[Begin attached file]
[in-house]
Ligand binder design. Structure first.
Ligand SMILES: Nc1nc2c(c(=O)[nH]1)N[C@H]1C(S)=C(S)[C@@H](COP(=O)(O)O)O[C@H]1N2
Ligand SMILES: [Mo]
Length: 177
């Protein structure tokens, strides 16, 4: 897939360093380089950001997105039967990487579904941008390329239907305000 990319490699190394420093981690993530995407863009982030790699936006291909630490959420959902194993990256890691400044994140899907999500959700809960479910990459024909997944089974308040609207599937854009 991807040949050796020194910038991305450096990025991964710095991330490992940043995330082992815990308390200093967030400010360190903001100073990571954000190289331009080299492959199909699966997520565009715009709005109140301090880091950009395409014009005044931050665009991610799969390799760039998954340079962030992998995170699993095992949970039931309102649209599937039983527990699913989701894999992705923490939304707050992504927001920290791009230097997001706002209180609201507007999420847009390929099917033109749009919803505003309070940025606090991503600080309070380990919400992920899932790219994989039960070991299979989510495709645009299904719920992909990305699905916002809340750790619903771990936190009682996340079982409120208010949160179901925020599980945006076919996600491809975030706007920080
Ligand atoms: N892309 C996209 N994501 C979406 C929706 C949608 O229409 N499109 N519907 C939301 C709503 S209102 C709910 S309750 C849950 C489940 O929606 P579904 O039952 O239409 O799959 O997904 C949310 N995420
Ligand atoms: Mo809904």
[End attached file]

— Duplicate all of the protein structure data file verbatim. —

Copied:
[in-house]
Ligand binder design. Structure first.
Ligand SMILES: Nc1nc2c(c(=O)[nH]1)N[C@H]1C(S)=C(S)[C@@H](COP(=O)(O)O)O[C@H]1N2
Ligand SMILES: [Mo]
Length: 177
């Protein structure tokens, strides 16, 4: 897939360093380089950001997105039967990487579904941008390329239907305000 990319490699190394420093981690993530995407863009982030790699936006291909630490959420959902194993990256890691400044994140899907999500959700809960479910990459024909997944089974308040609207599937854009 991807040949050796020194910038991305450096990025991964710095991330490992940043995330082992815990308390200093967030400010360190903001100073990571954000190289331009080299492959199909699966997520565009715009709005109140301090880091950009395409014009005044931050665009991610799969390799760039998954340079962030992998995170699993095992949970039931309102649209599937039983527990699913989701894999992705923490939304707050992504927001920290791009230097997001706002209180609201507007999420847009390929099917033109749009919803505003309070940025606090991503600080309070380990919400992920899932790219994989039960070991299979989510495709645009299904719920992909990305699905916002809340750790619903771990936190009682996340079982409120208010949160179901925020599980945006076919996600491809975030706007920080
Ligand atoms: N892309 C996209 N994501 C979406 C929706 C949608 O229409 N499109 N519907 C939301 C709503 S209102 C709910 S309750 C849950 C489940 O929606 P579904 O039952 O239409 O799959 O997904 C949310 N995420
Ligand atoms: Mo809904």